the iconic world of food pop art

The Art Of Pop Food

the iconic world of food pop art

When I was a little boy in the mid-seventies, I idolized pop artist Andy Warhol and Peter Max.  Warhol’s Campbell’s Soup Can  and the Brillo Box that made him famous were cemented in my memory from early on.

Little did I know that some 40 years later that I  would fall in love with the “Cento Tomato Brand.”Their incredible bright yellow San Marzano can supplemented with red hints of cerulean blue and green were exploding off supermarkets chains around the world. Being Italian, my family had always used the Cento brand for decades, not because of their packaging but since their San Marzano tomatoes are the finest in the world. I had no choice but to paint one of their cans in ode to Andy.

the iconic world of food pop artGrabbing a huge 60/48 inch canvas, I was completely memorized in studying Cento’s graphics from their can. My finished piece certainly had a pop wham factor that I quickly entitled, “Warhol Never Did Cento!” What transpired next was a series of branded paintings that caught Cento’s attention on an Instagram post. Some five years later, I can call the Cento family my good friends as they have collected more than 10 original oils from me spanning different fabulous products from their iconic brand.

More Food Pop Art

Which brings me to more food pop art.

The recent passing of incredible talent, Anthony Bourdain,  floored us all. Addiction is tragic and what we see on the outside is never the truth on the inside. He will be greatly missed and I was touched and very inspired to paint him!

Next, I just had to paint Super Chef Ann Burrell and her dynamic hair. It also did not hurt that my sister-in-law happens to be great friends with her. So that was an easy presentation to Ann one summer day. I’d honestly say she was quite surprised.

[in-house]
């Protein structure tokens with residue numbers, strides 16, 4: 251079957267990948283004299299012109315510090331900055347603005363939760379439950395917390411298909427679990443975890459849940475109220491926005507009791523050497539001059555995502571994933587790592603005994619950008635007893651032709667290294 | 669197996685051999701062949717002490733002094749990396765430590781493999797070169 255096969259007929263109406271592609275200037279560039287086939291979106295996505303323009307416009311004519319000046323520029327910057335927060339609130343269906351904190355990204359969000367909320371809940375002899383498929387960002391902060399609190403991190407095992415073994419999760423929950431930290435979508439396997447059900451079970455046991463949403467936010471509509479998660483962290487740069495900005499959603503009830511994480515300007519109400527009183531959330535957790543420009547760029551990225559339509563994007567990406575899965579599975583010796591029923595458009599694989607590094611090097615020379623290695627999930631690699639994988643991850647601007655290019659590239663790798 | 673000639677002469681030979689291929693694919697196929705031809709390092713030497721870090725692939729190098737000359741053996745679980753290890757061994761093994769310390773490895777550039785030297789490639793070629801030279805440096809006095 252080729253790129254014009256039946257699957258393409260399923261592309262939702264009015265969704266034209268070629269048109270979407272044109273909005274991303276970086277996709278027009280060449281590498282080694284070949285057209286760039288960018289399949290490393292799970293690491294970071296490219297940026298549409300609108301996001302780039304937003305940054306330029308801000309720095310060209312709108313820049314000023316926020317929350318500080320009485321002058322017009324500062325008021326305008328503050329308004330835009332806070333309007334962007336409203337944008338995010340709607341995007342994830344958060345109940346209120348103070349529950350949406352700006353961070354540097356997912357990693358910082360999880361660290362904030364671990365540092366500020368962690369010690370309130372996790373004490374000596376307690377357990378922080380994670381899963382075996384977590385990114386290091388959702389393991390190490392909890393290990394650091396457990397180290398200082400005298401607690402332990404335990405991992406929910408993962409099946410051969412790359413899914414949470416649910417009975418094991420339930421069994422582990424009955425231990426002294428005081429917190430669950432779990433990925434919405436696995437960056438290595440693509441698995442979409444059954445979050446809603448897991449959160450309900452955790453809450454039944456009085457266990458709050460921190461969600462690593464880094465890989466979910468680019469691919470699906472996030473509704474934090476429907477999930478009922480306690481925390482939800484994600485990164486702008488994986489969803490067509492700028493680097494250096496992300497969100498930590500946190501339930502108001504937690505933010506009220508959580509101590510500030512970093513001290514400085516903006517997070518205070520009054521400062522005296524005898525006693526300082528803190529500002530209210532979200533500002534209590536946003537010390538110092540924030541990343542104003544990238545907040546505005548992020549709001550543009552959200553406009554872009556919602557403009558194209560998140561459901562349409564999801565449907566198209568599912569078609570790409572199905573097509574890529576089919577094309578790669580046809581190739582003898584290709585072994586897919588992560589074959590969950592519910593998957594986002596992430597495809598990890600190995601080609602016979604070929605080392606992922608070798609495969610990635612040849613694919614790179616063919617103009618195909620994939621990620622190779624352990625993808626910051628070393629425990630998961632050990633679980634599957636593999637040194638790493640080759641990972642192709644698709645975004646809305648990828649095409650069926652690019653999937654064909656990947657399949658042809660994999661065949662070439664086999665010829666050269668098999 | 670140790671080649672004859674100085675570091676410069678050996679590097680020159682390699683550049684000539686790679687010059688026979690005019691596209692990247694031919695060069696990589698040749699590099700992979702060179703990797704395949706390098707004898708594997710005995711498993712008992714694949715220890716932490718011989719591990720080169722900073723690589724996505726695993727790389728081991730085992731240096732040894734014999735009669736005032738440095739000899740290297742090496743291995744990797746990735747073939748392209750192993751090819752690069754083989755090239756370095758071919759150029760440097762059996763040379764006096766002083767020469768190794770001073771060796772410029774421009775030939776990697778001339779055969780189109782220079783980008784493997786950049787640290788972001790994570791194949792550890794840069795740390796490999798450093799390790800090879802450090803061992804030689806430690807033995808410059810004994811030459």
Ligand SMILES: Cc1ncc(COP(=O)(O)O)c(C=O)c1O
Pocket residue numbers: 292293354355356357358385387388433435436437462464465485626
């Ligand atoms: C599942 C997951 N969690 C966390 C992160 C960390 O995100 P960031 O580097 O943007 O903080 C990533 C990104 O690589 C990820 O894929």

the iconic world of food pop art

Additionally, I have painted Latin food mogul Goya. I probably eat five or six cans of their assorted beans per week! Barilla pasta is also one of my favorites, but I have fallen off their fan list due to their CEO’s inflammatory comments to the LGBT community. That’s a story for another day.

the iconic world of food pop artMario Batali and the Controversy Around Him

Now I will get to the controversy!

I personally presented this painting to Mario Batali impromptu at his New York restaurant, PO, about five years ago. He was somewhat caught off guard in accepting it, not every artist stalks a celebrity chef around New York in the morning in pursuit of throwing a huge pop oil painting in their face!  Nonetheless, he  was gracious and kind in accepting it.

Now with the “Me Too” movement in full effect and for good reason in our country, I am asking the viewers opinion on Batali if they have one. Does he deserve his current fate? Has he asked for forgiveness and restitution of his alleged sins? Does America give “Molto” a second chance? Feel free to express and share your opinions. It certainly is an important conversation.

For myself, yes, I feel Mario made some big mistakes, and at this point, I am sure that he realizes them. If the law needs to intercede, then that is okay to proceed with a trial. His enormous popularity does present him with a platform for change. The bigger question – Is he willing to take this risk to make this very painful sacrifice to step up to the plate and be a so-called spokesperson for the tumultuous restaurant industry? His efforts can go a long way towards implementing healing and a platform for healthy positive change moving forward. Only time will tell.

Now, what ice cream can I paint today!


Philadelphia’s Perry Milou is arguably one of the nation’s foremost pop artists, with collectors hailing his vibrant works for more than 20 years. He is best recognized for his pop culture contemporary art that pays tribute to global icons, Americana, and celebrities. Visit for a glimpse of his one-of-a-kind spectacular works.